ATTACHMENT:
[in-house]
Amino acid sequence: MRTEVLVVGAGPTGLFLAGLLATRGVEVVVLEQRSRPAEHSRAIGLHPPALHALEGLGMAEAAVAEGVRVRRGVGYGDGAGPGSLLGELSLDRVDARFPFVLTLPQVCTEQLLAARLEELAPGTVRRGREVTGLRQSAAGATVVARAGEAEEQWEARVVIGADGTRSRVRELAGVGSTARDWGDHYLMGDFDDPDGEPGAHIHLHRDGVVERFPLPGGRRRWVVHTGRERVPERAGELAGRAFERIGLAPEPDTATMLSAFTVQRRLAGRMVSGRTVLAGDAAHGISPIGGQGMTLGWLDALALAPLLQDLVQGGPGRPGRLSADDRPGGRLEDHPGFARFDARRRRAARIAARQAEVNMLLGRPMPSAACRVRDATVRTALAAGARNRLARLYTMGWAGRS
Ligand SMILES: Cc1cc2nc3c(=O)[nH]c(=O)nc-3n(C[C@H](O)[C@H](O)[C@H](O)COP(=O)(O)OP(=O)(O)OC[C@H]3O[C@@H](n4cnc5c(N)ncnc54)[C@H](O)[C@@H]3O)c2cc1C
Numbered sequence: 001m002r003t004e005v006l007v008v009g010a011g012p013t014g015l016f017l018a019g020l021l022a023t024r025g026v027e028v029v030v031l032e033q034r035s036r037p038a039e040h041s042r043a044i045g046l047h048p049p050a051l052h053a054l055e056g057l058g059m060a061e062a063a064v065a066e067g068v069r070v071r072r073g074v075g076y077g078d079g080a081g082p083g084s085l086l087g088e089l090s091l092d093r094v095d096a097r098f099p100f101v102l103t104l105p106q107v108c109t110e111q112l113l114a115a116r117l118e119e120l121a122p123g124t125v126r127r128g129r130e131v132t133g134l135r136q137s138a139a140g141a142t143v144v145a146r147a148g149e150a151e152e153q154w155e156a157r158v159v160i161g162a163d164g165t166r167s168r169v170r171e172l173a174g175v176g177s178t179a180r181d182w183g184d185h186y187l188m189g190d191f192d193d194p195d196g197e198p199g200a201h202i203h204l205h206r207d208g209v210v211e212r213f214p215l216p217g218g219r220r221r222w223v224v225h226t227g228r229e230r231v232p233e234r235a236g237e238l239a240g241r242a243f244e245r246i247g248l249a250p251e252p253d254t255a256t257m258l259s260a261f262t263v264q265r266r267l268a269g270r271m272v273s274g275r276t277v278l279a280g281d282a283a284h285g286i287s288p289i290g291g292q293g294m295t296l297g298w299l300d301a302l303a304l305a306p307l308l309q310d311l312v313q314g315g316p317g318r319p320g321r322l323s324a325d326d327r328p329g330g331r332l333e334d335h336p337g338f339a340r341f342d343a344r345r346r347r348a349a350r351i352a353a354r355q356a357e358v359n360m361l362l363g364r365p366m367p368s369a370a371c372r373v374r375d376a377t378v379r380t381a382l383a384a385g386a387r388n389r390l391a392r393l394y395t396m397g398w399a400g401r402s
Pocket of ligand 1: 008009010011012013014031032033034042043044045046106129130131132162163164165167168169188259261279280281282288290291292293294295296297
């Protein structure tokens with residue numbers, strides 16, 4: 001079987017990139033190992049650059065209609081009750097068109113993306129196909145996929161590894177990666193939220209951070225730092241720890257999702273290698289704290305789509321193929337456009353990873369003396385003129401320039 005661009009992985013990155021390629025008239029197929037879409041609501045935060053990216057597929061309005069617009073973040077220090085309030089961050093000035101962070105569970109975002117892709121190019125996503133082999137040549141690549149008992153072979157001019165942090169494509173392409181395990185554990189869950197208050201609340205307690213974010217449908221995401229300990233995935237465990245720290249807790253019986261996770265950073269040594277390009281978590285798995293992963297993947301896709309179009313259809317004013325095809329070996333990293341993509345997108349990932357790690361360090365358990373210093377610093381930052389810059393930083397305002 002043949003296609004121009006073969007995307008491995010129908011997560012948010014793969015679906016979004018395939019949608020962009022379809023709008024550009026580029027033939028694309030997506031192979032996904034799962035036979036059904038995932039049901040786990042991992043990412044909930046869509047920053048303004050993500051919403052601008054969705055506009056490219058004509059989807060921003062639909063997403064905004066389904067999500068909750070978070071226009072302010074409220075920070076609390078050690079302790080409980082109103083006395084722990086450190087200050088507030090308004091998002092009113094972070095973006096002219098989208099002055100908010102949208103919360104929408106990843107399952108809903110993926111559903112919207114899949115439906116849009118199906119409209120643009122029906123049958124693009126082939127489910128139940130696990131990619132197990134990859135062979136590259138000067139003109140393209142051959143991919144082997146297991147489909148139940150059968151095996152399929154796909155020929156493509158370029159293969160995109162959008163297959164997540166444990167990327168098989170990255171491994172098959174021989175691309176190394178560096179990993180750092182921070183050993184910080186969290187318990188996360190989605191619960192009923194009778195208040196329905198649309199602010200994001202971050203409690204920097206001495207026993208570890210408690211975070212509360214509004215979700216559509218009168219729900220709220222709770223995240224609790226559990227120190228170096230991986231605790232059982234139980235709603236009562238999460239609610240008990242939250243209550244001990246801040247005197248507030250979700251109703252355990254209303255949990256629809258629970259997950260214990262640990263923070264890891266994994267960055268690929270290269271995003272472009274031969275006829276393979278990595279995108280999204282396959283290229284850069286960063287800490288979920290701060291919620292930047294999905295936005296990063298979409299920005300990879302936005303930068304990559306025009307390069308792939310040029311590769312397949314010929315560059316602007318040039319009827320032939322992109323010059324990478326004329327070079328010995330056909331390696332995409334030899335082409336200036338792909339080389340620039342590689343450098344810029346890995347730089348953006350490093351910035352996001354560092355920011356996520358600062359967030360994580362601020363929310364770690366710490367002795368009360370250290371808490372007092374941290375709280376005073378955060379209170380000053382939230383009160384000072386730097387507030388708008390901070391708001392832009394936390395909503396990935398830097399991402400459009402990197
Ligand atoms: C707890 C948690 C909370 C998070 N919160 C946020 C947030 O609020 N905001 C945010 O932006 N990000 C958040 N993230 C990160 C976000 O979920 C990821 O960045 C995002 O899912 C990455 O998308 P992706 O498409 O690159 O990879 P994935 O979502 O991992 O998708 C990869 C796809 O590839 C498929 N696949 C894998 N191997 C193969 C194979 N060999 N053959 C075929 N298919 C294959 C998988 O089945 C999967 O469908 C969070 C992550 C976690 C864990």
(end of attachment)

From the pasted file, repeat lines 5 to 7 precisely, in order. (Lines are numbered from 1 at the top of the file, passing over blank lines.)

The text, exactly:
Pocket of ligand 1: 008009010011012013014031032033034042043044045046106129130131132162163164165167168169188259261279280281282288290291292293294295296297
């Protein structure tokens with residue numbers, strides 16, 4: 001079987017990139033190992049650059065209609081009750097068109113993306129196909145996929161590894177990666193939220209951070225730092241720890257999702273290698289704290305789509321193929337456009353990873369003396385003129401320039 005661009009992985013990155021390629025008239029197929037879409041609501045935060053990216057597929061309005069617009073973040077220090085309030089961050093000035101962070105569970109975002117892709121190019125996503133082999137040549141690549149008992153072979157001019165942090169494509173392409181395990185554990189869950197208050201609340205307690213974010217449908221995401229300990233995935237465990245720290249807790253019986261996770265950073269040594277390009281978590285798995293992963297993947301896709309179009313259809317004013325095809329070996333990293341993509345997108349990932357790690361360090365358990373210093377610093381930052389810059393930083397305002 002043949003296609004121009006073969007995307008491995010129908011997560012948010014793969015679906016979004018395939019949608020962009022379809023709008024550009026580029027033939028694309030997506031192979032996904034799962035036979036059904038995932039049901040786990042991992043990412044909930046869509047920053048303004050993500051919403052601008054969705055506009056490219058004509059989807060921003062639909063997403064905004066389904067999500068909750070978070071226009072302010074409220075920070076609390078050690079302790080409980082109103083006395084722990086450190087200050088507030090308004091998002092009113094972070095973006096002219098989208099002055100908010102949208103919360104929408106990843107399952108809903110993926111559903112919207114899949115439906116849009118199906119409209120643009122029906123049958124693009126082939127489910128139940130696990131990619132197990134990859135062979136590259138000067139003109140393209142051959143991919144082997146297991147489909148139940150059968151095996152399929154796909155020929156493509158370029159293969160995109162959008163297959164997540166444990167990327168098989170990255171491994172098959174021989175691309176190394178560096179990993180750092182921070183050993184910080186969290187318990188996360190989605191619960192009923194009778195208040196329905198649309199602010200994001202971050203409690204920097206001495207026993208570890210408690211975070212509360214509004215979700216559509218009168219729900220709220222709770223995240224609790226559990227120190228170096230991986231605790232059982234139980235709603236009562238999460239609610240008990242939250243209550244001990246801040247005197248507030250979700251109703252355990254209303255949990256629809258629970259997950260214990262640990263923070264890891266994994267960055268690929270290269271995003272472009274031969275006829276393979278990595279995108280999204282396959283290229284850069286960063287800490288979920290701060291919620292930047294999905295936005296990063298979409299920005300990879302936005303930068304990559306025009307390069308792939310040029311590769312397949314010929315560059316602007318040039319009827320032939322992109323010059324990478326004329327070079328010995330056909331390696332995409334030899335082409336200036338792909339080389340620039342590689343450098344810029346890995347730089348953006350490093351910035352996001354560092355920011356996520358600062359967030360994580362601020363929310364770690366710490367002795368009360370250290371808490372007092374941290375709280376005073378955060379209170380000053382939230383009160384000072386730097387507030388708008390901070391708001392832009394936390395909503396990935398830097399991402400459009402990197
Ligand atoms: C707890 C948690 C909370 C998070 N919160 C946020 C947030 O609020 N905001 C945010 O932006 N990000 C958040 N993230 C990160 C976000 O979920 C990821 O960045 C995002 O899912 C990455 O998308 P992706 O498409 O690159 O990879 P994935 O979502 O991992 O998708 C990869 C796809 O590839 C498929 N696949 C894998 N191997 C193969 C194979 N060999 N053959 C075929 N298919 C294959 C998988 O089945 C999967 O469908 C969070 C992550 C976690 C864990």